In any event, for a General Assembly that adopted Micah 6:8 as its theme, it seems that claiming the Holy Spirit's endorsement of one's agenda is not by any stretch "walking humbly with your God."

Jim Wallis, in the introduction to God's Politics, has this to say:
"...Abraham Lincoln had it right. Our task should not be to invoke religion and the name of God by claiming God's blessing and endorsement for all our national policies and practices--saying, in effect, that God is on our side. Rather, as Lincoln put it, we should worry earnestly whether we are on God's side. ..."
Wallis, who can irritate me as well as occasionally inspire me, has it correct here. This attitude, though, must not be limited to the political realm. It needs to characterize our interactions and deliberations in the PC(USA). Lincoln, who did not quite fall into a neat religious category, nonetheless knew and understood Scripture in a way that is not often seen today. His Second Inaugural Address seems to me to be a model of "walking humbly with God", and one of its apparent sources was a handwritten note by Lincoln dating from 1862. This excerpt from that note is particularly revealing:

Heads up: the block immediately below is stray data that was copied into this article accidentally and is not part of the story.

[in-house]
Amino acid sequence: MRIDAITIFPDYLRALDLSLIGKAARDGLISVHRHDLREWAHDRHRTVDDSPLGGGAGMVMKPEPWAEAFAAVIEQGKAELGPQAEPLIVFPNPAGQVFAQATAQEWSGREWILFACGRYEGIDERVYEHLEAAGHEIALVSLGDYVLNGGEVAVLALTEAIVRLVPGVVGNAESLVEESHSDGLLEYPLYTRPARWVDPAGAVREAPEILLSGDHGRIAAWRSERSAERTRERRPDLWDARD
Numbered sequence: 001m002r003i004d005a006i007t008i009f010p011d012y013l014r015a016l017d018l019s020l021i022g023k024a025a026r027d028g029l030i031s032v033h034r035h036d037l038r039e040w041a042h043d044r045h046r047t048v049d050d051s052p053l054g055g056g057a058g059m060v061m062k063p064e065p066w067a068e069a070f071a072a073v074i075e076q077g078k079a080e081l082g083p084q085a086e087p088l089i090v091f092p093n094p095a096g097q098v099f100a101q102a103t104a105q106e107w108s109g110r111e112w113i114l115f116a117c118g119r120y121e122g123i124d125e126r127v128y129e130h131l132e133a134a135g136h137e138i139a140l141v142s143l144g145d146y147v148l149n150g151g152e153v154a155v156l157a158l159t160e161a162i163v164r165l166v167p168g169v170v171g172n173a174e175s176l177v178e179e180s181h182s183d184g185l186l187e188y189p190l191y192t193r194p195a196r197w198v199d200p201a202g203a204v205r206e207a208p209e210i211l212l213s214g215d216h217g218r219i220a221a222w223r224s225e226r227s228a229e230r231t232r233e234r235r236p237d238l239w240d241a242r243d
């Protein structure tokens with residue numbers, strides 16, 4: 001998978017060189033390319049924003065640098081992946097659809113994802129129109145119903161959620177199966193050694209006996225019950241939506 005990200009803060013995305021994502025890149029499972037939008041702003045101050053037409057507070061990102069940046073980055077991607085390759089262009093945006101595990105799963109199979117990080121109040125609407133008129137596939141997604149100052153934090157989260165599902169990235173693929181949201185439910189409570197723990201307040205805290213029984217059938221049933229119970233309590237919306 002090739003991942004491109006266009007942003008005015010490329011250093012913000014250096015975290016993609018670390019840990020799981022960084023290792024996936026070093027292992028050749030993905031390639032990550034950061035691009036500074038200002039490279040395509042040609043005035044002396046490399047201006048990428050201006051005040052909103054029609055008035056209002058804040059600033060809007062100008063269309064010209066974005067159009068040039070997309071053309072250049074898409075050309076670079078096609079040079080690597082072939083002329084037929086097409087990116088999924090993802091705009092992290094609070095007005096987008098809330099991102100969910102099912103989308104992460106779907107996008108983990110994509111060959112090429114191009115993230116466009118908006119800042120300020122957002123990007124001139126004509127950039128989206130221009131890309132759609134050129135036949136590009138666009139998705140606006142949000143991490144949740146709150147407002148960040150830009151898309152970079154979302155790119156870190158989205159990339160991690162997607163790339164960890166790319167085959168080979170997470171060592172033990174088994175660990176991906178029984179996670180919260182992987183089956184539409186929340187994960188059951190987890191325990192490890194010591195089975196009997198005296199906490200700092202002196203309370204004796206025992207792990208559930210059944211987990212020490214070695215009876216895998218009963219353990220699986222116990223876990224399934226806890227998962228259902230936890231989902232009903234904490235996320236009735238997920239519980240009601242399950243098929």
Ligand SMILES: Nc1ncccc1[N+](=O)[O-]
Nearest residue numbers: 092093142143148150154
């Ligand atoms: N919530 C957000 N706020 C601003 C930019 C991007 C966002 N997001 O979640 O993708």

"The will of God prevails — In great contests each party claims to act in accordance with the will of God. Both may be, and one must be wrong. God cannot be for, and against the same thing at the same time. In the present civil war it is quite possible that God's purpose is somewhat different from the purpose of either party — and yet the human instrumentalities, working just as they do, are of the best adaptation to effect this. ..."